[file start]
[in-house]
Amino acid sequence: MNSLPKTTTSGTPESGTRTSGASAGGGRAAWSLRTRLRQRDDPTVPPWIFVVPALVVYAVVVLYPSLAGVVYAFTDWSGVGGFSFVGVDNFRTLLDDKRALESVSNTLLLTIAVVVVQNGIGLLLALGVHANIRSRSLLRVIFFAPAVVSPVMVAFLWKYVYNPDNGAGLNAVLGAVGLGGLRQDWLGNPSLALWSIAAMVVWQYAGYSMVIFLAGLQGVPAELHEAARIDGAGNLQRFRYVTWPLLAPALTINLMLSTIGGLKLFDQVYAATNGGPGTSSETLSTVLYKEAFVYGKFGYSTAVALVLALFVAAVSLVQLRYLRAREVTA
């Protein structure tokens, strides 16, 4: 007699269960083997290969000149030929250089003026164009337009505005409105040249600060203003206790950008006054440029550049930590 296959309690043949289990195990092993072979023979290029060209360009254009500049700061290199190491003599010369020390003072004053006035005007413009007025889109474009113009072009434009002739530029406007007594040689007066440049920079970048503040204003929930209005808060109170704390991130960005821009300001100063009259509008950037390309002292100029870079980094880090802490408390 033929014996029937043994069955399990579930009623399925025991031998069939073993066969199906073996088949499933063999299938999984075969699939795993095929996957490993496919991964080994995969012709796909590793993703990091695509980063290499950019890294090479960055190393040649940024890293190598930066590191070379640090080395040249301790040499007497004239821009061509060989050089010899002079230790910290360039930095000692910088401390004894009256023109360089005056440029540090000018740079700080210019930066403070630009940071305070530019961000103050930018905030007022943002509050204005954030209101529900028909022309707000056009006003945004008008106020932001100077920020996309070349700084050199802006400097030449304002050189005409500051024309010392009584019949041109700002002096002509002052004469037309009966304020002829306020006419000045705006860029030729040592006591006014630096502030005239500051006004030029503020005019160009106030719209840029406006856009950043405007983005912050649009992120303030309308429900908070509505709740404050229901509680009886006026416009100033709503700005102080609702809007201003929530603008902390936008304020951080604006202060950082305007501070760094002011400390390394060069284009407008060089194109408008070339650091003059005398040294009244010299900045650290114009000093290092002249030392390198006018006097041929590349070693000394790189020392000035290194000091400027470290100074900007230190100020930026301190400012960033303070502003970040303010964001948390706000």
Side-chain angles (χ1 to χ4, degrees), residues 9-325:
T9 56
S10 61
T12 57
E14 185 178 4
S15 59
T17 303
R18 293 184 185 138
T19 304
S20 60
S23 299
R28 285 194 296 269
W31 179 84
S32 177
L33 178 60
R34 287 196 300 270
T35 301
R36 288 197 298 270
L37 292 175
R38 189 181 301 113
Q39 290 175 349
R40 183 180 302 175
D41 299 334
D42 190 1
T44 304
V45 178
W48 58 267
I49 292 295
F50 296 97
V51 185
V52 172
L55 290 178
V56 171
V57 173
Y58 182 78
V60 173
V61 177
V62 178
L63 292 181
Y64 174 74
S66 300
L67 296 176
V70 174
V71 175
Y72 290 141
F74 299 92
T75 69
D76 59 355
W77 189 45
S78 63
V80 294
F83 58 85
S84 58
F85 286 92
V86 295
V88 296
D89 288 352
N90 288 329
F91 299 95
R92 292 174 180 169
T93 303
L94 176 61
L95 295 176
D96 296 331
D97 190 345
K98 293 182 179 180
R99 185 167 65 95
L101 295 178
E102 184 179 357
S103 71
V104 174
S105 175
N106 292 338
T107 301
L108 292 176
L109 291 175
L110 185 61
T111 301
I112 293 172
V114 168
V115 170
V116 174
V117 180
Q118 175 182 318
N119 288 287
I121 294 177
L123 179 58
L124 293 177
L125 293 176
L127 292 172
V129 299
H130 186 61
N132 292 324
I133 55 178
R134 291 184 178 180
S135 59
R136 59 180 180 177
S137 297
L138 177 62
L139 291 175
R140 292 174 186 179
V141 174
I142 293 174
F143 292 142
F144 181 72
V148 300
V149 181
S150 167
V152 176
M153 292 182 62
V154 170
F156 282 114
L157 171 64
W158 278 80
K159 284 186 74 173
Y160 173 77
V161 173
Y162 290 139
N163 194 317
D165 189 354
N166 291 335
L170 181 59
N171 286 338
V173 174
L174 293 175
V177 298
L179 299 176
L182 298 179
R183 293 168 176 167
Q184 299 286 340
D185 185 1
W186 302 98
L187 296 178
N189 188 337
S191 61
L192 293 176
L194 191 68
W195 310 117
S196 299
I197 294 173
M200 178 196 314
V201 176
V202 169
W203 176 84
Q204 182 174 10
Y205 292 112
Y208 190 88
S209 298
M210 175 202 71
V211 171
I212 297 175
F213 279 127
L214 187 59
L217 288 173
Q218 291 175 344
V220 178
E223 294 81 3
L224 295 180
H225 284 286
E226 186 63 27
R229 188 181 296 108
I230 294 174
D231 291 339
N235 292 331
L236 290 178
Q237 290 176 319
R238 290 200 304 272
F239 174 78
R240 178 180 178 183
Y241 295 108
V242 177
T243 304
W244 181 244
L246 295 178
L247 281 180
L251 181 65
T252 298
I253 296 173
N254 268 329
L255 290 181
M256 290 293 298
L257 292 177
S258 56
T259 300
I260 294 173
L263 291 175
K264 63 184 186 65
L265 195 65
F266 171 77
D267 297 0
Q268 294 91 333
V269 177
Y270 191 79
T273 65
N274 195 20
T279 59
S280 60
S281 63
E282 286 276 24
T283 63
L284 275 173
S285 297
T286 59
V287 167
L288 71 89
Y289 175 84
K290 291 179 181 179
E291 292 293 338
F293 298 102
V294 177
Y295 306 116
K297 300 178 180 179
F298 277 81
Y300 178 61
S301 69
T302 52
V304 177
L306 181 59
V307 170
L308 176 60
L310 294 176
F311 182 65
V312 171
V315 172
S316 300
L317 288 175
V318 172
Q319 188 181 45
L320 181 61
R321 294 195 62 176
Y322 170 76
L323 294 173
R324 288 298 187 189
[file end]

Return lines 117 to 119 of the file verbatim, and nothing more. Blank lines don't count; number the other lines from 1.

W158 278 80
K159 284 186 74 173
Y160 173 77